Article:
"...We enter the barren wast of Bolivar Heights...a windswept deserted moorland...except its populous graveyard."
James E. Taylor, war correspondent
Frank Leslie's Illustrated Newspaper
August 10, 1864
Military discipline for desertion seldom resulted in execution during the Civil War. But in the last months of the war, two Union deserters suffered this fate on Bolivar Heights.
William Loge, convicted of "being a deserter ... bushwhacker, murderer and assassin," was hanged from a gallows near this spot, on December 2, 1864 - exactly five years after abolitionist John Brown's hanging in nearby Charles Town. Three months later, on March 3, 1865, deserter Thomas Murphy of the 6th U.S. Cavalry died here at the hand of a firing squad.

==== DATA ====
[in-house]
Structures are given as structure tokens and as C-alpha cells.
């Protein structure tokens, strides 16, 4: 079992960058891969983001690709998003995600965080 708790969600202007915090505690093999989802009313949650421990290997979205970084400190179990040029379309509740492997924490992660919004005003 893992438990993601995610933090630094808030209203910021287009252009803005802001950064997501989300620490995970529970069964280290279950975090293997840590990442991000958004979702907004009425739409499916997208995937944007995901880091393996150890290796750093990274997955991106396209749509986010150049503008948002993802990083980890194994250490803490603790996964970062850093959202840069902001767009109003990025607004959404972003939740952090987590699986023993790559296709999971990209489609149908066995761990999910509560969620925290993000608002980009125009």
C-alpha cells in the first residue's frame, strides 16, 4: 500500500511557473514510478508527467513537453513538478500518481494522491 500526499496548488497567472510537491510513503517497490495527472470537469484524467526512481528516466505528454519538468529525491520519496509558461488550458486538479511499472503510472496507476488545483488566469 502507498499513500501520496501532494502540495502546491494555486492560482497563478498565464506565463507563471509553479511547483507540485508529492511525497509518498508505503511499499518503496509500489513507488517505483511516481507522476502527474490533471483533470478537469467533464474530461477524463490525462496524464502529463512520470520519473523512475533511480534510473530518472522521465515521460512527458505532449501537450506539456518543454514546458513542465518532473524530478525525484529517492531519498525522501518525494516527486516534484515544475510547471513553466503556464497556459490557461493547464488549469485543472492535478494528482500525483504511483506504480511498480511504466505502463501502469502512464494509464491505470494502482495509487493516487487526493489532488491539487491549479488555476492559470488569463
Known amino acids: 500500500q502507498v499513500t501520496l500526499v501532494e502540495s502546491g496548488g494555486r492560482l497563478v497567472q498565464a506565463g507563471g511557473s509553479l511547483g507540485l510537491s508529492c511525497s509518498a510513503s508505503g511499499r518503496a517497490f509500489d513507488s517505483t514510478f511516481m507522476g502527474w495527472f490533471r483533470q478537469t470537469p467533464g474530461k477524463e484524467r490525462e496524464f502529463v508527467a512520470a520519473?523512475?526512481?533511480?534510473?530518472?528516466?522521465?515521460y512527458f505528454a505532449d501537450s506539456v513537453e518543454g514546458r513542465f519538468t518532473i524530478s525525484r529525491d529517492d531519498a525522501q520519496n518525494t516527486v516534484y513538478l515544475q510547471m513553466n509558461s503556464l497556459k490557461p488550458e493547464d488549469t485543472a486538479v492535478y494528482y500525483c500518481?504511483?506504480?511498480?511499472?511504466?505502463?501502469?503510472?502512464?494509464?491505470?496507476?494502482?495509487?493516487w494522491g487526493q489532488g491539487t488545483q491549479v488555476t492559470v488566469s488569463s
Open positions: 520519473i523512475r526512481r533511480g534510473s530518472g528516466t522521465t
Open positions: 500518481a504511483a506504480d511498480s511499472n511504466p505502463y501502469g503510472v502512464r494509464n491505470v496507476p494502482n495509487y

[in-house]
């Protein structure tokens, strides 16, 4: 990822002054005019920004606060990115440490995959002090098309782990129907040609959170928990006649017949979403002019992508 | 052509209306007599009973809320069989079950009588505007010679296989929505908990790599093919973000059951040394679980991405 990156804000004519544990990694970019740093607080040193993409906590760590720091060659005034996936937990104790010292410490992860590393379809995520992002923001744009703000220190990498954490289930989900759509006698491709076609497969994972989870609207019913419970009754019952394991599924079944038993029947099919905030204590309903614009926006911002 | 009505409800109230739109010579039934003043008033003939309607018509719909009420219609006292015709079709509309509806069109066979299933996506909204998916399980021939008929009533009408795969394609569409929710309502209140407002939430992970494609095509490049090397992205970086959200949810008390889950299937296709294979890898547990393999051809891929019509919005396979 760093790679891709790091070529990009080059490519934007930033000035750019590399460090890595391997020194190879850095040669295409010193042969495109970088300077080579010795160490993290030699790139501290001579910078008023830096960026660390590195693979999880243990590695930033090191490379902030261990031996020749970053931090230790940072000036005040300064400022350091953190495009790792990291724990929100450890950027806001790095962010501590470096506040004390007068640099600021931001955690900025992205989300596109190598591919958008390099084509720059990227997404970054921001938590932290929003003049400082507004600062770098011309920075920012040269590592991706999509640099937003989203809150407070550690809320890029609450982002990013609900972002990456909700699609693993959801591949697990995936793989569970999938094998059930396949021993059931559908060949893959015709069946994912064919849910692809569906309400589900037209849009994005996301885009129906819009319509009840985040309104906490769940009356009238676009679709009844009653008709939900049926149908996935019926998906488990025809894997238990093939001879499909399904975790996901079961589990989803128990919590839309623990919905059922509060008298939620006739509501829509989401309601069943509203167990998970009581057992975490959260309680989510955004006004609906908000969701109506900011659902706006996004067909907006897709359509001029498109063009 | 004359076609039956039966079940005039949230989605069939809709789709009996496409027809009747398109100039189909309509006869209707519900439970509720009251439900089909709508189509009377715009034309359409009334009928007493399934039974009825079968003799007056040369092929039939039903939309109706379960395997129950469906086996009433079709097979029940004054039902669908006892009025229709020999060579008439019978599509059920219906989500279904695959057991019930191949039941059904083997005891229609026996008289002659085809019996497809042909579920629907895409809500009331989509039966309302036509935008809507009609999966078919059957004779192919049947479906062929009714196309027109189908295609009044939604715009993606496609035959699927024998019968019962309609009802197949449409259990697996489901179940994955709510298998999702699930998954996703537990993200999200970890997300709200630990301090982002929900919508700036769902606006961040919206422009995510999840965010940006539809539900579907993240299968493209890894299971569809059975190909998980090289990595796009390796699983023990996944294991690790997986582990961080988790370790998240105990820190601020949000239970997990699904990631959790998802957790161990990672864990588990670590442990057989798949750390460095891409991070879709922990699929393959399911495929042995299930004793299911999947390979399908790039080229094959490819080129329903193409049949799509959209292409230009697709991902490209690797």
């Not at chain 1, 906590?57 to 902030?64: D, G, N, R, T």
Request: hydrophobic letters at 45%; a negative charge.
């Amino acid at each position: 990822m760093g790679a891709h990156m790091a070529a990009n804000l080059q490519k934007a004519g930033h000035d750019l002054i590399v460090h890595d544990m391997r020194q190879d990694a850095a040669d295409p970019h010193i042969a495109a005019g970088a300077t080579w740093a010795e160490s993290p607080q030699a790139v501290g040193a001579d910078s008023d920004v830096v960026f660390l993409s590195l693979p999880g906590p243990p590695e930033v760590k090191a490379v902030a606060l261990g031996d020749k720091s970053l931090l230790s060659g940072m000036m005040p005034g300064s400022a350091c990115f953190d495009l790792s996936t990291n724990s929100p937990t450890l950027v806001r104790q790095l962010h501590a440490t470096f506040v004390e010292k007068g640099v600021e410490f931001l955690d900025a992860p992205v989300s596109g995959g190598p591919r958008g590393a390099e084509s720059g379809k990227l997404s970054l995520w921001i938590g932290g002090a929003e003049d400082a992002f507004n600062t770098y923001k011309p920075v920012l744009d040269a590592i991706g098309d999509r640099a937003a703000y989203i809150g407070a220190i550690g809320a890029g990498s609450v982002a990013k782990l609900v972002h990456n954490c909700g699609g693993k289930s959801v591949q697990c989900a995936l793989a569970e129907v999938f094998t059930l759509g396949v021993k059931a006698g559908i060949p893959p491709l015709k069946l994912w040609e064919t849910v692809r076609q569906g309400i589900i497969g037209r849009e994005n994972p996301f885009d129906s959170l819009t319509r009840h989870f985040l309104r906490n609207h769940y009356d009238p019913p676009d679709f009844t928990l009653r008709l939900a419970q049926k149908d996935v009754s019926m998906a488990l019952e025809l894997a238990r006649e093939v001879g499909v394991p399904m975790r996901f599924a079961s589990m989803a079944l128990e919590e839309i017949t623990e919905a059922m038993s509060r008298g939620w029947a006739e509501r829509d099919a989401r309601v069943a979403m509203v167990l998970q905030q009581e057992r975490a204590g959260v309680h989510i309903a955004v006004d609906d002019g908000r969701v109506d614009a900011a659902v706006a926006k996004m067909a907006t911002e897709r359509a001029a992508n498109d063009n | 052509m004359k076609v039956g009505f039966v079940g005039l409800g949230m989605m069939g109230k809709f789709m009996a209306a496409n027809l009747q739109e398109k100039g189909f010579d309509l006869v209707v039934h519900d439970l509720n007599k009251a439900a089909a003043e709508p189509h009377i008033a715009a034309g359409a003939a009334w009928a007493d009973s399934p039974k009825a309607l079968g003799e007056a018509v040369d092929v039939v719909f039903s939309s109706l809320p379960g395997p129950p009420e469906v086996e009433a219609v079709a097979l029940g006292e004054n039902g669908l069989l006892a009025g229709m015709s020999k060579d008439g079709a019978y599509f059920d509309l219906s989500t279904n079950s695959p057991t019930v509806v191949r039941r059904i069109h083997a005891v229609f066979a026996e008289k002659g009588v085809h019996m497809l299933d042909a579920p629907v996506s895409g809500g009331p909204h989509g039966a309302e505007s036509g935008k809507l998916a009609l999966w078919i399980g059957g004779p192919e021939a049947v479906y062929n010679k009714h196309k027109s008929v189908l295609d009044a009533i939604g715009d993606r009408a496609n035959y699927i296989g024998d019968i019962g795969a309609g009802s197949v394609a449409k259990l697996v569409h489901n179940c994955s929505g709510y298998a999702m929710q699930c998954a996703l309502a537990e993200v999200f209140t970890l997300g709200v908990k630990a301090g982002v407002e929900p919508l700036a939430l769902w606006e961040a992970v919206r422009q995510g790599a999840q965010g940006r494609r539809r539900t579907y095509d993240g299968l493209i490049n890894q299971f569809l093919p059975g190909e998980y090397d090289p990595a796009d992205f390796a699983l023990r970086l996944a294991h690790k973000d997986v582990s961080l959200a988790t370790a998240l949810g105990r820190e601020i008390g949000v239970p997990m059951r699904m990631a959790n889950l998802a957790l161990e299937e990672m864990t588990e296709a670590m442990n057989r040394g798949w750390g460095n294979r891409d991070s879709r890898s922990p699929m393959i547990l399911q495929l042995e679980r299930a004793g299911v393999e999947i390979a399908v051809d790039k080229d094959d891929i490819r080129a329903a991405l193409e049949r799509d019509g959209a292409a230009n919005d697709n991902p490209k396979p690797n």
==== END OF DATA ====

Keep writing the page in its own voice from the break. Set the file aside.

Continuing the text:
A temporary burial ground with primitive wooden markers expanded as sickness spread throughout the camps. Most of the soldiers who died on Bolivar Heights succumbed to dysentery typhoid, or yellow fever.
In April 1865 the war ended and the nation began its long healing process. Bolivar Heights also healed as soldiers and returned home Union remains were moved to the National Cemetery in Winchester, Virginia. Today only shallow remnants of the once-formidable fortifications remind us of the Civil War events on Bolivar Heights.